“And Jacob awaked out of his sleep, and he said:
Surely the LORD is in this place; and I knew it not.”
There are lyrics from the song, “Older,” written by Michael Pollack and Nathan Andrew Cyphert, and sung by Ben Platt, that I think of often.
The song begins with a young man walking in New York City, and he looks at a gray-haired man in the eyes and the older gentleman’s eyes tell a story.
“When you are younger, you’ll wish you’re older; Then when you’re older, you’ll wish for time to turn around; Don’t let your wonder turn into closure, When you get older ... ”
These lyrics inspired my reflections about this week’s Torah portion, Vayeitze, as Jacob travels and comes to a turning point in his life. The use of the word “makom” reminds me of one of the most comforting statements in Judaism:
“May G-d comfort you with other mourners of Zion and Jerusalem.”
HaMakom is a term for G-d, as we call out to the Holy One when we may want to say, “I understand your loss,” when there are no words. Life is often about searching and looking for something when we are feeling lost. The HaMakom may just be missing. Wrestling with oneself could be a search for G-d, who might just be right before our eyes.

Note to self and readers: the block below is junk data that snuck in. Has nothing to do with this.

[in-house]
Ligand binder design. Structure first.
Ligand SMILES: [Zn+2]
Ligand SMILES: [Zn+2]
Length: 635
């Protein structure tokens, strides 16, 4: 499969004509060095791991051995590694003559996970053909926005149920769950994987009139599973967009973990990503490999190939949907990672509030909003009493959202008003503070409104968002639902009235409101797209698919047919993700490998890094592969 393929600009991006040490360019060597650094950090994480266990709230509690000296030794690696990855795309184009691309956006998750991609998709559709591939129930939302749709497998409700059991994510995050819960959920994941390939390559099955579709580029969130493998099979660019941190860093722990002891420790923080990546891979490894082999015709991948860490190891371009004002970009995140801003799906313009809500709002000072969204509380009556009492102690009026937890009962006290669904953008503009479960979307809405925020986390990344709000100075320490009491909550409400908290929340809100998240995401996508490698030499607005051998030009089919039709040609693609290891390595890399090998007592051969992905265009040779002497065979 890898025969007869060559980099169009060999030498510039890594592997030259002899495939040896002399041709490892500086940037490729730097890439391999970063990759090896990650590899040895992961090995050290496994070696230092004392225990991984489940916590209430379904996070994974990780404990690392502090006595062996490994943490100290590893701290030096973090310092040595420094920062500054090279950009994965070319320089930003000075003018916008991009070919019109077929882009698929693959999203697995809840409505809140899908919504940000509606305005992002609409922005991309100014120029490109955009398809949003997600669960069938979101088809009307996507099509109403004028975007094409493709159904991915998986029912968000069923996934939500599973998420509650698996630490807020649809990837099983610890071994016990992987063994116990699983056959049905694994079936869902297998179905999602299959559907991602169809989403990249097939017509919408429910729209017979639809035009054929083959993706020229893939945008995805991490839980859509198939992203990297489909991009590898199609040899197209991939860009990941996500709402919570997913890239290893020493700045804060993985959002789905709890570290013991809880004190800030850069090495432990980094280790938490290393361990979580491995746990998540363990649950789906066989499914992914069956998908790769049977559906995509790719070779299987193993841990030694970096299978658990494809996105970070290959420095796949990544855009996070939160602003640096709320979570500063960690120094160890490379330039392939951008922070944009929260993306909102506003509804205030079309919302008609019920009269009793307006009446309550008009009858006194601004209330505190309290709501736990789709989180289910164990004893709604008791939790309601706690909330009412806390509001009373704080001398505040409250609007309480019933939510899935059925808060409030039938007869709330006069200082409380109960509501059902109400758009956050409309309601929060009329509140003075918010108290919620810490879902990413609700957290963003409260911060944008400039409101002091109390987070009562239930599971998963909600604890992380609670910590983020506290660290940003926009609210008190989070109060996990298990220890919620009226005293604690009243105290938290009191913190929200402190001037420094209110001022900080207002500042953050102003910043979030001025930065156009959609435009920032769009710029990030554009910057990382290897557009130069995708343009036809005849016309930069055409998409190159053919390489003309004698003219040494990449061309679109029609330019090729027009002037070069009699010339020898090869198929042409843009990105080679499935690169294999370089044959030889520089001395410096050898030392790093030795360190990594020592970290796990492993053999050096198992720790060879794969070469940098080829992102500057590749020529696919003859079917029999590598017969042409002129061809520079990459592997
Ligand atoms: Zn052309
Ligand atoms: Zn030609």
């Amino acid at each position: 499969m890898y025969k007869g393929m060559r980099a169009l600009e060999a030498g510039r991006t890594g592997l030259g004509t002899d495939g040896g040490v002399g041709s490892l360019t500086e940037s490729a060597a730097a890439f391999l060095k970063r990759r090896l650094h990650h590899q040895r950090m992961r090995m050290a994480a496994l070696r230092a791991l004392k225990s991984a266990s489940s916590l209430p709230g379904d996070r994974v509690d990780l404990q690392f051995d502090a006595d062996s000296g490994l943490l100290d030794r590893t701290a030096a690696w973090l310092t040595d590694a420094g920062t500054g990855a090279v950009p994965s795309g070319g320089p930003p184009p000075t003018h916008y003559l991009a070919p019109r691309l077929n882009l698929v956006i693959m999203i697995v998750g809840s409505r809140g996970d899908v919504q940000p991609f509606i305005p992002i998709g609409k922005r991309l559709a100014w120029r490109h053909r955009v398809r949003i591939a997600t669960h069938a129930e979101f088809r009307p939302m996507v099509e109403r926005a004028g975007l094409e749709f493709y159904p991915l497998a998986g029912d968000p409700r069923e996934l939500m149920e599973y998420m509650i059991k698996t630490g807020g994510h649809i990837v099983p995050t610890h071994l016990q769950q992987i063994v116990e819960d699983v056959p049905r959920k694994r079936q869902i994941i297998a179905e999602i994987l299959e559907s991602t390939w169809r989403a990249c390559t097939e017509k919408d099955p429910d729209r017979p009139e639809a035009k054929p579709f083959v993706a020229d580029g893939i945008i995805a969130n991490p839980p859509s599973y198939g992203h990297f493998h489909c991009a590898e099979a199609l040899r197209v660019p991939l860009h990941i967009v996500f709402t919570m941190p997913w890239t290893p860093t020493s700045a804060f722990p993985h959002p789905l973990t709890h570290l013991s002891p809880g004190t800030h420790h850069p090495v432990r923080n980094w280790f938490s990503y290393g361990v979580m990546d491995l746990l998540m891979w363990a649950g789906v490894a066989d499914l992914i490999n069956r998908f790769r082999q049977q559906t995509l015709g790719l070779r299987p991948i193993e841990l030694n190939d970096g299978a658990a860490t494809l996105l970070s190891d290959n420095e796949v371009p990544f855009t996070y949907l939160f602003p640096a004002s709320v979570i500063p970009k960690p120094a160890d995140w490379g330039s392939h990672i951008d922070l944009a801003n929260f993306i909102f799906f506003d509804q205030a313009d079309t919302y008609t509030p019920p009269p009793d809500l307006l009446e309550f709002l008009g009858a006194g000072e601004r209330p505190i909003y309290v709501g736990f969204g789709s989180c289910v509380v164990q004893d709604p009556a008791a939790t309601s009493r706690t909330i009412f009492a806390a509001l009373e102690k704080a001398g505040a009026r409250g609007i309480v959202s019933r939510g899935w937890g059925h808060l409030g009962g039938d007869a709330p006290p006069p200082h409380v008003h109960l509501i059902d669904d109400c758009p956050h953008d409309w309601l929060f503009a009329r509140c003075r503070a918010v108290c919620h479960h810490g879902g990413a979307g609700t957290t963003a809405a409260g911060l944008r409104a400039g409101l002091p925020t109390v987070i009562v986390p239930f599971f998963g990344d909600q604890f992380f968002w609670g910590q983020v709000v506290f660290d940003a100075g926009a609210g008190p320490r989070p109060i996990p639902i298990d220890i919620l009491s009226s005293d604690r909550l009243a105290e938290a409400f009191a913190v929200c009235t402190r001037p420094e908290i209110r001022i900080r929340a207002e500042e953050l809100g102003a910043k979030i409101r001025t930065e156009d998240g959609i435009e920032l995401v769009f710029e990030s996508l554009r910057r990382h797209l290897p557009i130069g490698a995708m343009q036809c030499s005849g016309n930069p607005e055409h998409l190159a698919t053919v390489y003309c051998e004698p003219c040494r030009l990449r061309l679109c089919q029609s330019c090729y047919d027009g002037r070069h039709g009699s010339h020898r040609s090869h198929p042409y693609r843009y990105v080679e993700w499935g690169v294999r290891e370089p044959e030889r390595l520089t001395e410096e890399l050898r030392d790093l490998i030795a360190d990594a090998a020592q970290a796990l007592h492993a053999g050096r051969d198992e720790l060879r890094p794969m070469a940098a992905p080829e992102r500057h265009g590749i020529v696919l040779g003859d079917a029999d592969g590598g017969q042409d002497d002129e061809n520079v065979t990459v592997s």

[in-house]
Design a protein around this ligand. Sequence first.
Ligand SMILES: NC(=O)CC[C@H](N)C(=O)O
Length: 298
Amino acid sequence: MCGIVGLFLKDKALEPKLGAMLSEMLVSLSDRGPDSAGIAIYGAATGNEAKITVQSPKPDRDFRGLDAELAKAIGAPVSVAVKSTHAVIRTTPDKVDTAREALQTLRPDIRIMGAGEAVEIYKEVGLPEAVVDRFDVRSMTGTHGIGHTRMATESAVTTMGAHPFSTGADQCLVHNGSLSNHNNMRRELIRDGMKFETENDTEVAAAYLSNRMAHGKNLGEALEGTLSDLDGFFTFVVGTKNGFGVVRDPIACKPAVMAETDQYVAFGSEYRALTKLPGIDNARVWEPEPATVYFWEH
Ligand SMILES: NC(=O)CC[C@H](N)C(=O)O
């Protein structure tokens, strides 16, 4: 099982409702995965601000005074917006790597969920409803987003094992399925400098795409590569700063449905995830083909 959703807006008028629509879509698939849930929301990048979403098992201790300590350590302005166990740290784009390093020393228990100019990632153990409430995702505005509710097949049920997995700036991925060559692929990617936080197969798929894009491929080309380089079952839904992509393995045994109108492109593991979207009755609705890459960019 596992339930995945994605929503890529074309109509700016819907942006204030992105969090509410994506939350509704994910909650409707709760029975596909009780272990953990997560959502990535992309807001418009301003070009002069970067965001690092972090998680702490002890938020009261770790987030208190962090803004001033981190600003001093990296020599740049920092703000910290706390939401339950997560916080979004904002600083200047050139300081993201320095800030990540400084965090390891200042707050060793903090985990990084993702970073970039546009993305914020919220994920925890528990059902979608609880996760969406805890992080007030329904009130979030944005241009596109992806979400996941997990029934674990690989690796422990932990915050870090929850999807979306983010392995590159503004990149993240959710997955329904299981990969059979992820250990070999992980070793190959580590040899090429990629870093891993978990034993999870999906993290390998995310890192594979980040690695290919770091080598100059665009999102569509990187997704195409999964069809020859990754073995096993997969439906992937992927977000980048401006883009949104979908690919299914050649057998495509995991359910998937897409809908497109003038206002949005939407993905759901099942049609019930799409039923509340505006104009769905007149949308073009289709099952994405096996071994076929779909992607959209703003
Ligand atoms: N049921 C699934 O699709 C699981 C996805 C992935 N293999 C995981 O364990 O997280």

As Jacob travels from Beer Sheba to Haran, he gets tired as the sun sets. Jacob finds a rock to rest his head. As he sleeps, he dreams of a ladder that brings the heavens and the earth together. Jacob wakes only to realize his destiny.
“And behold, I am with you, and I will guard you wherever you go, and I will restore you to this land, for I will not forsake you until I have done what I have spoken concerning you.”
We human beings search our whole lives for “HaMakom,” our place, to feel happy, content and hopeful – the meaning of our life. Perhaps, just as in Jacob’s search, G-d was in the place the whole time, we just didn’t realize it.
May we who are of gray hair find our Makom, our place, and may the young be content and not wish life away. HaMakom is how we live each day.
Chag Chanukah Sameach, Happy Chanukah.
Rabbi Debbie Lefton is the rabbi of Wexner Heritage Village, the Jewish Home for the Aged since 1951 in Columbus, where she serves as the Director of Spiritual Care and leads the volunteer program. Rabbi Lefton loves working at Wexner Heritage Village because she “learns from team members and residents every day about how sacred life is.” She can be reached at firstname.lastname@example.org.